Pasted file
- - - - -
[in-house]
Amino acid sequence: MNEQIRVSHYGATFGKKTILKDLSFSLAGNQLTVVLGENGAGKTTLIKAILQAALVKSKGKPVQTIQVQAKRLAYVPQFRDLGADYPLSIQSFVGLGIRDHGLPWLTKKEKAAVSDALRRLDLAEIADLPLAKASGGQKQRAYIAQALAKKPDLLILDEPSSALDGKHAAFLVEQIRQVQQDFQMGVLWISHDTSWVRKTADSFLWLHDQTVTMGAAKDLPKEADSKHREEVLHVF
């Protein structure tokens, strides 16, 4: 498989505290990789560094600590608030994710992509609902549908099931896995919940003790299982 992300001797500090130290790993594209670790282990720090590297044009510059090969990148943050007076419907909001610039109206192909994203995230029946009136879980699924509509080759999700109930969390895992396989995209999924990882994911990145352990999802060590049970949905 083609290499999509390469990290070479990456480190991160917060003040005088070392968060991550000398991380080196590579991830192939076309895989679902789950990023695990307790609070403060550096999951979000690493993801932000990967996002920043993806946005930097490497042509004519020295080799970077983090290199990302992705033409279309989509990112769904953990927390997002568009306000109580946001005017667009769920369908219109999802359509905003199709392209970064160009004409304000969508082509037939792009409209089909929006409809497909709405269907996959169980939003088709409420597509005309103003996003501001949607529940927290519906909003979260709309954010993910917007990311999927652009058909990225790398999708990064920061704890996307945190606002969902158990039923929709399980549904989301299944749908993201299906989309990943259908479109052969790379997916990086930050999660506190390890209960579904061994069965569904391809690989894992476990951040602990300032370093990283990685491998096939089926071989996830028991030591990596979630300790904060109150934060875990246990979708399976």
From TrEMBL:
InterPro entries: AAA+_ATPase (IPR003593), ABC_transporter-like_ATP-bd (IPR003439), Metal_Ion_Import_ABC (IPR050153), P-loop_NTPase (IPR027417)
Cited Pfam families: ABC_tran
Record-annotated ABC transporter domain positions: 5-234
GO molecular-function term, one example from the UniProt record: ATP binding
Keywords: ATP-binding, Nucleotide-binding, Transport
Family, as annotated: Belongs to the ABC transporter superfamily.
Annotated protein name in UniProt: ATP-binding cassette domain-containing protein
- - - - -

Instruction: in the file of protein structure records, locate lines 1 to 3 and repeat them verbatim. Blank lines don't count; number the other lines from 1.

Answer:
[in-house]
Amino acid sequence: MNEQIRVSHYGATFGKKTILKDLSFSLAGNQLTVVLGENGAGKTTLIKAILQAALVKSKGKPVQTIQVQAKRLAYVPQFRDLGADYPLSIQSFVGLGIRDHGLPWLTKKEKAAVSDALRRLDLAEIADLPLAKASGGQKQRAYIAQALAKKPDLLILDEPSSALDGKHAAFLVEQIRQVQQDFQMGVLWISHDTSWVRKTADSFLWLHDQTVTMGAAKDLPKEADSKHREEVLHVF
């Protein structure tokens, strides 16, 4: 498989505290990789560094600590608030994710992509609902549908099931896995919940003790299982 992300001797500090130290790993594209670790282990720090590297044009510059090969990148943050007076419907909001610039109206192909994203995230029946009136879980699924509509080759999700109930969390895992396989995209999924990882994911990145352990999802060590049970949905 083609290499999509390469990290070479990456480190991160917060003040005088070392968060991550000398991380080196590579991830192939076309895989679902789950990023695990307790609070403060550096999951979000690493993801932000990967996002920043993806946005930097490497042509004519020295080799970077983090290199990302992705033409279309989509990112769904953990927390997002568009306000109580946001005017667009769920369908219109999802359509905003199709392209970064160009004409304000969508082509037939792009409209089909929006409809497909709405269907996959169980939003088709409420597509005309103003996003501001949607529940927290519906909003979260709309954010993910917007990311999927652009058909990225790398999708990064920061704890996307945190606002969902158990039923929709399980549904989301299944749908993201299906989309990943259908479109052969790379997916990086930050999660506190390890209960579904061994069965569904391809690989894992476990951040602990300032370093990283990685491998096939089926071989996830028991030591990596979630300790904060109150934060875990246990979708399976």